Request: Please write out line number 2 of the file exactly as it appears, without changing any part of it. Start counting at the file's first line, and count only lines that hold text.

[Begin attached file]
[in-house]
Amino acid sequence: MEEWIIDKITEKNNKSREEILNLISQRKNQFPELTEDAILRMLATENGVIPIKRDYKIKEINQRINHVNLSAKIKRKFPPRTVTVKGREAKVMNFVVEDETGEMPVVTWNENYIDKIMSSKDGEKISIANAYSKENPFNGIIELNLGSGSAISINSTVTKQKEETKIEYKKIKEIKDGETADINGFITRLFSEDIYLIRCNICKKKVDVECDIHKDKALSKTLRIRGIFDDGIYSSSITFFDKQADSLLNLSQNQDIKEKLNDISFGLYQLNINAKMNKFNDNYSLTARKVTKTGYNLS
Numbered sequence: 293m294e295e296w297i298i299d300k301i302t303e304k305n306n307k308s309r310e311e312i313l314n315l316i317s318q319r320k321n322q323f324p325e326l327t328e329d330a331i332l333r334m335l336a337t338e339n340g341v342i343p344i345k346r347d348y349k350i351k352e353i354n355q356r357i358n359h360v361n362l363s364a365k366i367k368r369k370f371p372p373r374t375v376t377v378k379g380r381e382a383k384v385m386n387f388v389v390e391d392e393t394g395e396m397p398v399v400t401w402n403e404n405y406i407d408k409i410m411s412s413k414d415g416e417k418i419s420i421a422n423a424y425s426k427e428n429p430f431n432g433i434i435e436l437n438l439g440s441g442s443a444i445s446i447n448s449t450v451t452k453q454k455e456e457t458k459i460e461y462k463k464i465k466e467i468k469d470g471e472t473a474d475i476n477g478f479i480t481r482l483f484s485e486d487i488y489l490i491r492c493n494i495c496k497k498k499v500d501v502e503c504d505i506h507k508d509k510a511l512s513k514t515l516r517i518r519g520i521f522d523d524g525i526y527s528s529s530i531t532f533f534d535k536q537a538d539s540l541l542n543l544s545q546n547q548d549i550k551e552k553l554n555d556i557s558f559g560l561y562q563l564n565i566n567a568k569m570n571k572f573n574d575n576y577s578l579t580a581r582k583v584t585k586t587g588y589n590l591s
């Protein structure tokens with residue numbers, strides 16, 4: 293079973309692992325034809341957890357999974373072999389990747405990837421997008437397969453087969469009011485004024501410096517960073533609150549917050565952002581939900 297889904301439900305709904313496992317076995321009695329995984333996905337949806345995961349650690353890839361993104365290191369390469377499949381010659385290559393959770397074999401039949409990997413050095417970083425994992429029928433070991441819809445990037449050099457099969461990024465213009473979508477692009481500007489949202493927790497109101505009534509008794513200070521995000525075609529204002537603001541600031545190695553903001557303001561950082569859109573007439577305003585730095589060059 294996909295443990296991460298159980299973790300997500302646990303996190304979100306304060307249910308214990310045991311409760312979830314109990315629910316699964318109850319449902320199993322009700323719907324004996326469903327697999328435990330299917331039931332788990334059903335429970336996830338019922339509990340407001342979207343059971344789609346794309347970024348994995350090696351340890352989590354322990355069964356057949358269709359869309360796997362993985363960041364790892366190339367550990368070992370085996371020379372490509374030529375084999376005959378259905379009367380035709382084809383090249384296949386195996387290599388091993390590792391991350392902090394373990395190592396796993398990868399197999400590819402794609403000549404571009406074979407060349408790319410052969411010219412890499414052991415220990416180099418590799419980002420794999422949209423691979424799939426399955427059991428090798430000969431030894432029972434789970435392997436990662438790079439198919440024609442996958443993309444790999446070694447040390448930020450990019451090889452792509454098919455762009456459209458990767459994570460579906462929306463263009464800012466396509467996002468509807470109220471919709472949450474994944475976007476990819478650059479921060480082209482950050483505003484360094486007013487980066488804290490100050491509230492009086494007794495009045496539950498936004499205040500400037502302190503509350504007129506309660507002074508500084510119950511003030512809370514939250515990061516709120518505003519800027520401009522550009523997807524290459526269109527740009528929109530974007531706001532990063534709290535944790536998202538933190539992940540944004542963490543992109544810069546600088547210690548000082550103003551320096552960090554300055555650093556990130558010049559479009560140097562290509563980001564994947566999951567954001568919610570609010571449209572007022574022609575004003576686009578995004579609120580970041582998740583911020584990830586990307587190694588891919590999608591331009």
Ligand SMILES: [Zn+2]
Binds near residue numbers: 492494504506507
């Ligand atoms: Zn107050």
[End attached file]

Amino acid sequence: MEEWIIDKITEKNNKSREEILNLISQRKNQFPELTEDAILRMLATENGVIPIKRDYKIKEINQRINHVNLSAKIKRKFPPRTVTVKGREAKVMNFVVEDETGEMPVVTWNENYIDKIMSSKDGEKISIANAYSKENPFNGIIELNLGSGSAISINSTVTKQKEETKIEYKKIKEIKDGETADINGFITRLFSEDIYLIRCNICKKKVDVECDIHKDKALSKTLRIRGIFDDGIYSSSITFFDKQADSLLNLSQNQDIKEKLNDISFGLYQLNINAKMNKFNDNYSLTARKVTKTGYNLS